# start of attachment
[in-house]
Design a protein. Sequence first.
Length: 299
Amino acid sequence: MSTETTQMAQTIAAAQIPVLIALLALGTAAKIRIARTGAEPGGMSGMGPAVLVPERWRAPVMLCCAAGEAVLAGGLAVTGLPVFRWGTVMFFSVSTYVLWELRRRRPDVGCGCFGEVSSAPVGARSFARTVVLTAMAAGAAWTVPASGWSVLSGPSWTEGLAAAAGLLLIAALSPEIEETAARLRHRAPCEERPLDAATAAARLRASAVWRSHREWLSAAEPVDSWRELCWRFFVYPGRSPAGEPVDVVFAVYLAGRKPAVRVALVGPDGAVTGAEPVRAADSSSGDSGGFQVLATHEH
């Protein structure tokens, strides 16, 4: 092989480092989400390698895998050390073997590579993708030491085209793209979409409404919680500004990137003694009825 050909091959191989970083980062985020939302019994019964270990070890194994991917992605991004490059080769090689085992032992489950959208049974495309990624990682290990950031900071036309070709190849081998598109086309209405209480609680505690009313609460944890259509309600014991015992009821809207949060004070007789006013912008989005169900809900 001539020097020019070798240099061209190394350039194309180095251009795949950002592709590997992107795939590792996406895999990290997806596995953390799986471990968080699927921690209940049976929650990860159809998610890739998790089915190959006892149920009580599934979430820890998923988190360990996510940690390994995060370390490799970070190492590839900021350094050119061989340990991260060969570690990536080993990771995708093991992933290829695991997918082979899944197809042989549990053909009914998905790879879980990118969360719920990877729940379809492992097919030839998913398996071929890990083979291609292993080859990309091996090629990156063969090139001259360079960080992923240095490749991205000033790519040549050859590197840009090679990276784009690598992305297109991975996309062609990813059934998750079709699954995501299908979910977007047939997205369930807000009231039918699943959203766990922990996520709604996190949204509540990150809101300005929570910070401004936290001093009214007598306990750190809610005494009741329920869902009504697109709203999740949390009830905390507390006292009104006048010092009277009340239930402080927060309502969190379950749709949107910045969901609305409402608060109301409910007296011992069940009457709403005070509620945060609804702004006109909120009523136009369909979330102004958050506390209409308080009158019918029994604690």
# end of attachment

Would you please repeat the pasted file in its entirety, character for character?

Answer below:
[in-house]
Design a protein. Sequence first.
Length: 299
Amino acid sequence: MSTETTQMAQTIAAAQIPVLIALLALGTAAKIRIARTGAEPGGMSGMGPAVLVPERWRAPVMLCCAAGEAVLAGGLAVTGLPVFRWGTVMFFSVSTYVLWELRRRRPDVGCGCFGEVSSAPVGARSFARTVVLTAMAAGAAWTVPASGWSVLSGPSWTEGLAAAAGLLLIAALSPEIEETAARLRHRAPCEERPLDAATAAARLRASAVWRSHREWLSAAEPVDSWRELCWRFFVYPGRSPAGEPVDVVFAVYLAGRKPAVRVALVGPDGAVTGAEPVRAADSSSGDSGGFQVLATHEH
């Protein structure tokens, strides 16, 4: 092989480092989400390698895998050390073997590579993708030491085209793209979409409404919680500004990137003694009825 050909091959191989970083980062985020939302019994019964270990070890194994991917992605991004490059080769090689085992032992489950959208049974495309990624990682290990950031900071036309070709190849081998598109086309209405209480609680505690009313609460944890259509309600014991015992009821809207949060004070007789006013912008989005169900809900 001539020097020019070798240099061209190394350039194309180095251009795949950002592709590997992107795939590792996406895999990290997806596995953390799986471990968080699927921690209940049976929650990860159809998610890739998790089915190959006892149920009580599934979430820890998923988190360990996510940690390994995060370390490799970070190492590839900021350094050119061989340990991260060969570690990536080993990771995708093991992933290829695991997918082979899944197809042989549990053909009914998905790879879980990118969360719920990877729940379809492992097919030839998913398996071929890990083979291609292993080859990309091996090629990156063969090139001259360079960080992923240095490749991205000033790519040549050859590197840009090679990276784009690598992305297109991975996309062609990813059934998750079709699954995501299908979910977007047939997205369930807000009231039918699943959203766990922990996520709604996190949204509540990150809101300005929570910070401004936290001093009214007598306990750190809610005494009741329920869902009504697109709203999740949390009830905390507390006292009104006048010092009277009340239930402080927060309502969190379950749709949107910045969901609305409402608060109301409910007296011992069940009457709403005070509620945060609804702004006109909120009523136009369909979330102004958050506390209409308080009158019918029994604690």